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Billy Weir on the box: Lewis busts in Monte Carlo

By Billy Weir

Published 28/05/2015

King Lewis the Third: Lewis Hamilton does his best to hide on the podium but two German chaps seem quite happy
King Lewis the Third: Lewis Hamilton does his best to hide on the podium but two German chaps seem quite happy

Things started promisingly in Monaco for the Grand Prix on Sunday and ended with a bang - it's just a shame the 90 minutes in between were less than enthralling.

Yes, it may be the most glittering day on the F1 calendar, played out on the streets of the rich, famous and beautiful in Monte Carlo, but for most of it there is all the excitement of watching someone play Scalextric on their own with two controllers.

This is very much Sky's approach when it comes to dishing out the races that BBC can show live in the season and thus it meant that the Beeb, even if Suzy Perry painted on a blue frock and slipped into some killer heels, was only given highlights.

By then the world knew that wee Lewis Hamilton had been robbed and by not one, but two pesky Germans. Twenty years ago, The Sun would have had a front page with the pair of them with points coming out of their helmets. That's the crash type, not a German man with an unfortunate affliction.

But Mr Murdoch's broadcasting arm is above that sort of thing, thus we started proceedings with a camera trained on a bottom clad in a pair of very short denim shorts, the like of which we haven't seen since Daisy Duke was straddling General Lee.

For the uninitiated that was the car in the Dukes of Hazzard, not an unusual welcome home surprise for a senior military operative, but Cara Delevingne wasn't being just so friendly to Sky's intrepid grid stalker, Martin Brundle.

"Cara, a quick word for Sky?" he tried to no avail.

"Cara, a quick word for Sky? No, she's too busy on the phone," he tried again but just as he was about to quit, she relented.

"Cannes last week, Monaco today, where did it all go wrong?" he asked to someone who had heard of irony but was too afraid to try it.

"It didn't go wrong," she replied, reaching over to grab Martin firmly by the microphone.

"I love Sky TV and that's all I'm going to say," she concluded, before heading off to find an orange motor to clamber into.

"Thank you, that's all we needed to hear, basically," sighed Martin and he was off, finding former F1 rival, Gerhard Berger, thankfully not in denim shorts but a sensible cardie, as he has scoffed down a few Gerhards since retiring, but he was approached with care.

"Now Gerhard has a bit of a habit of swearing when we talk to him. If I talk to you, you're not going to swear, okay?" he begged the man who put the F in F1.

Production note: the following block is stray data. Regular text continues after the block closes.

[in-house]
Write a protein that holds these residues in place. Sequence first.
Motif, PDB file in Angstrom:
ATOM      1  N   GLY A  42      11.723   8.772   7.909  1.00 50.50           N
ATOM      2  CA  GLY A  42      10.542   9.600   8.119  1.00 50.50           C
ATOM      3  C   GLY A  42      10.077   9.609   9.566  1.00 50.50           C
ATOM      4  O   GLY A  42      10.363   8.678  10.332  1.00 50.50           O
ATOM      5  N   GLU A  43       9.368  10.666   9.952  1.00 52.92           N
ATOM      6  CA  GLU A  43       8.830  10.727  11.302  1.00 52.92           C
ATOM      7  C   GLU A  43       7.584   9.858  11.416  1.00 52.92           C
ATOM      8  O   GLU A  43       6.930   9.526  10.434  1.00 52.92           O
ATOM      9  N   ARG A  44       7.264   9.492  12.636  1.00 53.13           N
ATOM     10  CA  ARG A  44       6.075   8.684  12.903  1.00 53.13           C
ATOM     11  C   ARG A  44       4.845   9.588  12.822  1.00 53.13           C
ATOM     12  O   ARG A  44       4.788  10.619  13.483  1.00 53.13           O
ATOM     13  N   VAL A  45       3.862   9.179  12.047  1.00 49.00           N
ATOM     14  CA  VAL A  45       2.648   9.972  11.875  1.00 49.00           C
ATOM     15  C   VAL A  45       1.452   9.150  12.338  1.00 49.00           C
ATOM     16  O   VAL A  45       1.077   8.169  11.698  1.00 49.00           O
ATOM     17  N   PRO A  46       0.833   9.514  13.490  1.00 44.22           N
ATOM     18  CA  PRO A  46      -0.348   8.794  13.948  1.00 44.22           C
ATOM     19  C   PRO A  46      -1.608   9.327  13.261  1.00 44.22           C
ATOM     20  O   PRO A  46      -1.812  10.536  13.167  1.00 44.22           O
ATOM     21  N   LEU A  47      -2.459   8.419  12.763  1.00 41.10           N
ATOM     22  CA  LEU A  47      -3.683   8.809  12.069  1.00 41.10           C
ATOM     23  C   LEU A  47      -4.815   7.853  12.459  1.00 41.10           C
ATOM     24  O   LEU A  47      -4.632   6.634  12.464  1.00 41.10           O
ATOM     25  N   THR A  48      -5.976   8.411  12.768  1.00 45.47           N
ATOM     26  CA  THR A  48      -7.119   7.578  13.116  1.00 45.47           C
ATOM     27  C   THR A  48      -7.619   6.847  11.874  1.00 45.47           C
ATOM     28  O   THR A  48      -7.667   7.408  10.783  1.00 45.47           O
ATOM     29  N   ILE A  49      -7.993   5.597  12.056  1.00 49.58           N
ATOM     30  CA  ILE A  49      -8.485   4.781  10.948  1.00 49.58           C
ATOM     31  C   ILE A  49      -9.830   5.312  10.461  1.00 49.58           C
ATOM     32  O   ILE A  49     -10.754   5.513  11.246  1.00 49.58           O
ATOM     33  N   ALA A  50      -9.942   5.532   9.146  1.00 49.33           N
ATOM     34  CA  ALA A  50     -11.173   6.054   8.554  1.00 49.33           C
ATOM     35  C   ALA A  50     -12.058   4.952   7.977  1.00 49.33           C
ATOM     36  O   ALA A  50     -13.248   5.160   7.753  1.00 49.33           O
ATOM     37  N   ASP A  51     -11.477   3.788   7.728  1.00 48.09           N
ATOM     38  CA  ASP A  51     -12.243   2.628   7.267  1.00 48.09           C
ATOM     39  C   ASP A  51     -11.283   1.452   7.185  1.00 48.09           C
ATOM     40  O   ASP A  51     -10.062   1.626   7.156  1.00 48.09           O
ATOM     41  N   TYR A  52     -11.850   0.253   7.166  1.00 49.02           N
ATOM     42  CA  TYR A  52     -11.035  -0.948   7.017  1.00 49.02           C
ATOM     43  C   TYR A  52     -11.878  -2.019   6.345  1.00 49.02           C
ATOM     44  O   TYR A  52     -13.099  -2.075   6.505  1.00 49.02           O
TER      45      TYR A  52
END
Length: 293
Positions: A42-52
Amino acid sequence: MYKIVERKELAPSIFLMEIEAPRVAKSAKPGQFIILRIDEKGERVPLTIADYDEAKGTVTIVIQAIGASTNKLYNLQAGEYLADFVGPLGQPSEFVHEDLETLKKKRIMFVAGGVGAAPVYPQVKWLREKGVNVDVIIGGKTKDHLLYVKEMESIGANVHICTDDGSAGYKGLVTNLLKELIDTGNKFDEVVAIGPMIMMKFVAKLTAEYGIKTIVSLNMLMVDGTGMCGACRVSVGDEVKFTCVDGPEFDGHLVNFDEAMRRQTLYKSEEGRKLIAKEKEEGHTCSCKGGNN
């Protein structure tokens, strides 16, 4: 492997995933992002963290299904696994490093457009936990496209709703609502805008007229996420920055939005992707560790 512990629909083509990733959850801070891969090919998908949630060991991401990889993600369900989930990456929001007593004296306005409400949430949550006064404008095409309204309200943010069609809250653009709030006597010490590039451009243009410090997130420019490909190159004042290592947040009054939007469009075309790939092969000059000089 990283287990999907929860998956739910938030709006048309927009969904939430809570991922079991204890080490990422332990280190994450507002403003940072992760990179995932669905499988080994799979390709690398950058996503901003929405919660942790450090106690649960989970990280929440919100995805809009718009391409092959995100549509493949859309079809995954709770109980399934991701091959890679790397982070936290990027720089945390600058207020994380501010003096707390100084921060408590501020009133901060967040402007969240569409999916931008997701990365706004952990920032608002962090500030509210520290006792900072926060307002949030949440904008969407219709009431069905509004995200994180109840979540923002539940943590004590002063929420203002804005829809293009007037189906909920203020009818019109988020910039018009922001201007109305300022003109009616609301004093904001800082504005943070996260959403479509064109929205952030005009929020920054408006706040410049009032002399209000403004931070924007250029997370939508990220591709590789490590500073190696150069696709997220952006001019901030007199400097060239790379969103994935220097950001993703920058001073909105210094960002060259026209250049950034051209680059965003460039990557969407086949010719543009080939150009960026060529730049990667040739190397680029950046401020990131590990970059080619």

"No, I behave," he promised but then committed a more heinous crime, by giving the game away about the Monaco Grand Prix.

"It's Monte Carlo, who turns first at first corner, is halfway done," he said and before Brundle could swear he was off, meeting Felix Baumgartner, the man who jumped from space and Chris Evans, who, unfortunately, hasn't tried that yet, and then Flavio Briatore, former team owner and boss of Brundle, who got the message back on track. I think.

"Monte Carlo is really the best, even of Formula One, 50 per cent race, 50 per cent gravel," I think he said. Hold on.

"Well, 70 per cent race, 30 per cent gravel, it's amazing," he added and it may have been 'glamour' he said as Princess Charlene came out on the red carpet, not on gravel, and we all wondered what she could see in the billionaire Prince Albert.

Onto the race and commentator David Croft set the scene with a prophetic offering.

"It's a race where a slice of luck can bring you the big cake," but by the end Hamilton found what happened a little hard to swallow.

Sadly the 'race' didn't follow the advice given by the man on the radio - I think it may have been John Virgo - to driver Carlos Sainz.

"The target is to go as fast as possible and to overtake as many cars as possible," said Virgo.

Brundle snorted: "That's the fairly standard concept when you lock your front door on a Wednesday, that's roughly why you're heading away," but it's just a shame no one told the rest of the drivers.

On and on, round and round we went with fewer passing attempts than at a nuns and eunuchs party, and Hamilton had the race in the bag until excited teenager Max Verstappen had no chance of stappen when he clipped the back wheel of Roman Grosjean and buried his motor in a barrier.

This had a two-fold effect, the 17-year-old's insurance will now go through the roof and the safety car came out but it was Mercedes who got a little by bringing the unassailable Hamilton in for a tyre change to send him out behind Nico Rosberg and Sebastian Vettel and turn a certain victory into third.

"He's not going to be in a very good mood at the end of this race," uttered Croft in the understatement of the century and he was right, Hamilton went bananas in Monte Carlo, stopping for a wee sulk and then driving round and crashing into the No.3 sign back at Prince Albert's place.

Answers were needed and extracted from Mercedes boss Toto Wolff, or big bad as Hamilton probably calls him now, who admitted that "we had a problem with the maths". I know the feeling.

And with that it was all over, Hamilton, like so many leaving Monte Carlo, departing empty-handed and heavy-hearted. You know what they say, some you win, sums you lose.

Belfast Telegraph

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